Man sentenced to year in prison for shooting death of VCU student

Vigil attendees shared about Kwarteng's "hard-working," "selfless" and "talented" characteristics, among others. Photo by Julie Tripp.
Vigil attendees shared about Kwarteng's "hard-working," "selfless" and "talented" characteristics, among others. Photo by Julie Tripp.
Vigil attendees shared about Kwarteng's "hard-working," "selfless" and "talented" characteristics, among others. Photo by Julie Tripp.
Students attended a vigil in Samuel Kwarteng’s honor in April. They shared about Kwarteng’s “hard-working,” “selfless” and “talented” characteristics, among others. Photo by Julie Tripp.

A Richmond man was sentenced to a year in prison after killing VCU student Samuel Kwarteng in April.

Emmanuel E. Jordan, 20, was found guilty of involuntary manslaughter in August and given the sentence last Monday, according to the Richmond Times-Dispatch.

Jordan shot and killed the Alexandria native outside a home on the 1200 block of West Moore Street in what prosecutors said was an accidental killing after a dispute over drugs. Jordan lived at the house where the incident occured.

Kwarteng and Jordan never met before when Kwarteng accompanied a friend, who the Richmond City Circuit Court identified only as “Ish,” to Jordan’s home to retrieve $500 which Jordan owed Ish for marijuana, Assistant Commonwealth’s Attorney Traci Miller said.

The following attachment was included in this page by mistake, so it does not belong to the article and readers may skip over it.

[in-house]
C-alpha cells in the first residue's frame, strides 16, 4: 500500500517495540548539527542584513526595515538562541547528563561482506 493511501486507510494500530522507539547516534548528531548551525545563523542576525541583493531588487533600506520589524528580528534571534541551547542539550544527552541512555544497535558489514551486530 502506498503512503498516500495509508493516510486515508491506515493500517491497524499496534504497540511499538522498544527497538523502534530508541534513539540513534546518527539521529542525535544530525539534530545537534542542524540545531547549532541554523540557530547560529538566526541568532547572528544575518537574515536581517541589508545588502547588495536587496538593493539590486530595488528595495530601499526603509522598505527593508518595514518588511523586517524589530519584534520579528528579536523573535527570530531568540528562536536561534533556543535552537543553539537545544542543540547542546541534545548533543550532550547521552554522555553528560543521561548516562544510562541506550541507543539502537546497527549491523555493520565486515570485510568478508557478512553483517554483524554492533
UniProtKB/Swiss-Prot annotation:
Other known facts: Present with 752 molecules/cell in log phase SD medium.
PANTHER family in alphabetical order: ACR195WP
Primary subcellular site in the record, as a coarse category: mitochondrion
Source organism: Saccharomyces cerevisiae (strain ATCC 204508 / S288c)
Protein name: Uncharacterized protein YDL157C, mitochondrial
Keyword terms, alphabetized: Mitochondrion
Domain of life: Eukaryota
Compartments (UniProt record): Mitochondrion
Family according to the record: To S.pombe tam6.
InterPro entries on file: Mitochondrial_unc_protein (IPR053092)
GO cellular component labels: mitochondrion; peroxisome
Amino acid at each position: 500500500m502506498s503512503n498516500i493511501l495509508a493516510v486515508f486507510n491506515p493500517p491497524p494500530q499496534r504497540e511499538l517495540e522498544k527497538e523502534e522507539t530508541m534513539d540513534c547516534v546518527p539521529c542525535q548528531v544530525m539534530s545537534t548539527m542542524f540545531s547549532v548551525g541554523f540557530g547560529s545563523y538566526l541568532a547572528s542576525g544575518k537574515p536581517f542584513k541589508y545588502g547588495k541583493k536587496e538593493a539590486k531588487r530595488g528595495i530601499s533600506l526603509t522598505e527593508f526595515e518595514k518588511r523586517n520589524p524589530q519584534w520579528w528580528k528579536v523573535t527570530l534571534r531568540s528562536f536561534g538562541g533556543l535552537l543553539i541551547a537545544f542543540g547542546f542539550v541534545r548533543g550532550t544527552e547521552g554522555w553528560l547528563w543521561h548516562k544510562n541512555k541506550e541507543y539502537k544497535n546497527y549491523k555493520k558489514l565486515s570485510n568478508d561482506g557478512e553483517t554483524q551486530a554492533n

Jordan’s attorney, Judson Collier Jr., said Ish had been sending his client threatening messages in the month leading up to the killing on April 13. It’s why Jordan feared for his life when Ish showed up with Kwarteng at his house that morning, Collier said. Jordan loaded a .40 caliber gun and confronted the two by waving it around and telling them to leave.

The gun went off, killing Kwarteng, as Jordan was pushing the two out the door. Collier said Jordan never put his finger on the trigger and the killing was unintentional, but every action Jordan took in the immediate moments leading up to it was not.

The bullet struck Kwarteng’s back and he died on the front porch of the West Moore Street home. Jordan was arrested and charged with manslaughter shortly thereafter.

“Sam moved himself [off campus] so he could focus on school.” then-senior Micky Atakilt said at a vigil held at the Commons the following day. “That’s why he’s graduating at 20-years-old, but there hasn’t been enough focus on who he was as a person in the media.”

Kwarteng was a member of the Pi Kappa Phi fraternity and was set to graduate a year early in May 2018 with a degree in Electrical Engineering.

Pi Kappa Phi members recently reached out to the School of Engineering to memorialize Kwarteng by installing a new whiteboard and plaque in the computer lab Kwarteng spent a lot of time studying in, according to a Facebook event created by the fraternity’s leaders. In addition, on Oct. 2 they placed a banner for students to sign in the Compass.

A GoFundMe page was created in April to help Kwarteng’s family pay for funeral expenses raised more than $23,000, exceeding its $15,000 goal.


Fadel Allassan

Contributing Writer

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